The Medical Center has an excellent choice of Visiting Specialists, diagnostic equipment such as MRI, CT Scanner, X-ray, and a Physical Therapy & Sports Medicine program to assist with analyzing the causes of neck and back pain.
In a recent interview with Visiting Specialist and Neurosurgeon Dr. Nancy Epstein, she answers some of the most frequently asked questions:
What is causing my neck/back pain and what should I do about it?
“As we get older, everything starts to hurt,” she said. “This is not surprising. However, if you feel pain going down an arm or leg, with numbness and tingling, or even weakness, it is time to see a doctor. The first thing the doctor will do is take a history, which includes your medical conditions, medications, allergies, and prior surgery. Next, they should perform a neurological exam to document possible problems; that is, weakness, loss of sensation, etc. This exam will determine what studies (e.g., X-rays, CAT scan, MRI scan), if any, are needed.”
What are the causes of pain?
“Neck and back pain are commonly due to normal osteoarthritic changes (arthritis) associated with age,” Dr. Epstein said. “However, these ‘arthritic’ changes can also contribute to narrowing of the spinal canal (spinal stenosis), the bony structure that houses the spinal cord and nerves. These ‘arthritic’ changes can cause compression of the spinal cord and nerves resulting in neck, back pain, etc. In addition, these same symptoms may be caused by herniated discs with or without the accompanying stenosis.”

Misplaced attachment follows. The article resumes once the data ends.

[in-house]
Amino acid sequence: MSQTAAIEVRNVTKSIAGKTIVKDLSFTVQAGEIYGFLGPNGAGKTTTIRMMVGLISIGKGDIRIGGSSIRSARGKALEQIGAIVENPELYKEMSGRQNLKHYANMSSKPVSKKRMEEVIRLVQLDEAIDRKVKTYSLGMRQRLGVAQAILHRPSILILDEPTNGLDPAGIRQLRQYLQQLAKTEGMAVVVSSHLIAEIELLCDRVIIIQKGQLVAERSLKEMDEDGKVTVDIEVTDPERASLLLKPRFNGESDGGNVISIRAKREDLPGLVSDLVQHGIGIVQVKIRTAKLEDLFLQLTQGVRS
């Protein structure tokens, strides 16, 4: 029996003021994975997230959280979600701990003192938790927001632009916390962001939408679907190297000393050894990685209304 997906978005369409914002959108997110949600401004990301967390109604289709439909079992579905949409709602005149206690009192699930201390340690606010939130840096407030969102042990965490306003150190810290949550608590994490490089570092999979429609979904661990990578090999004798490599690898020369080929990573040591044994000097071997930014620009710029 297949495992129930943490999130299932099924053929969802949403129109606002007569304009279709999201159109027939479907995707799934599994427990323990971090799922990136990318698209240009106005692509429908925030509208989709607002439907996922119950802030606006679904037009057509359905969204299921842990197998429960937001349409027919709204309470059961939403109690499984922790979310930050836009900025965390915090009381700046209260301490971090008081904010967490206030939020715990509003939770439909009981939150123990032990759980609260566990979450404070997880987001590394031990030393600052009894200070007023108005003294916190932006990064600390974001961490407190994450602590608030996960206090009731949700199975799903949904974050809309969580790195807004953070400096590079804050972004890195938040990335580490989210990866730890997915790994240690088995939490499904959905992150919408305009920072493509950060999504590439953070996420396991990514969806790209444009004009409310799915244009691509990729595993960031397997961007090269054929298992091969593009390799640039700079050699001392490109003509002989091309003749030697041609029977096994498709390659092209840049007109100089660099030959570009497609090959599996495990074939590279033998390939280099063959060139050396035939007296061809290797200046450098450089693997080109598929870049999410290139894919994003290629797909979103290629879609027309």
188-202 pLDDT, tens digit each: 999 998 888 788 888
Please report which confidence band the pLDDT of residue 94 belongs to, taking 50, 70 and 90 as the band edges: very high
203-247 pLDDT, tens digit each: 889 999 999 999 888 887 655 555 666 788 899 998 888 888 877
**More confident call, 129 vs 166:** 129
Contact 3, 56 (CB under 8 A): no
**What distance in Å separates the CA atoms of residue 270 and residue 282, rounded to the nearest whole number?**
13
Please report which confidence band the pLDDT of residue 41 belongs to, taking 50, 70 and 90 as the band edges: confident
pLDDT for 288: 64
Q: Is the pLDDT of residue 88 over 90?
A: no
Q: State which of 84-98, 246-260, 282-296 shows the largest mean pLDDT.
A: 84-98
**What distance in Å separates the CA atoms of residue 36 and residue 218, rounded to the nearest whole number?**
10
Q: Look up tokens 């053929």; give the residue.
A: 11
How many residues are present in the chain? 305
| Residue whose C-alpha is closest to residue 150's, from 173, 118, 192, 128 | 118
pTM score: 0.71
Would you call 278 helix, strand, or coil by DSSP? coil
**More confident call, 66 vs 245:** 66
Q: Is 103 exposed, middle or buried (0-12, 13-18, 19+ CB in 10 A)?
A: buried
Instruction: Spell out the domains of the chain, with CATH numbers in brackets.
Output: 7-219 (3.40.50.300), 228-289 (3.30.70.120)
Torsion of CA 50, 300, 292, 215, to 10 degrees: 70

How do we tell what is causing the pain?
“To determine the cause of the pain, X-rays followed by magnetic resonance (MRI) exams are usually performed. But X-rays have limited value; they just show whether the bones are aligned properly. However, the MRI documents if there is pressure on the spinal cord or nerves, along with other possible causes that include blood clots or tumors. CT scans are sometimes used to show bony changes,” she said.
What should be done?
“Most neck and back problems can be managed without surgery,” she said. “Surgery should only be considered if the MRI findings are consistent with the neurological exam. In particular, the site of the pain or weakness or sensation loss on the exam must correlate with the abnormal MRI findings. Finally, pain alone is not a sufficient reason for surgery.”
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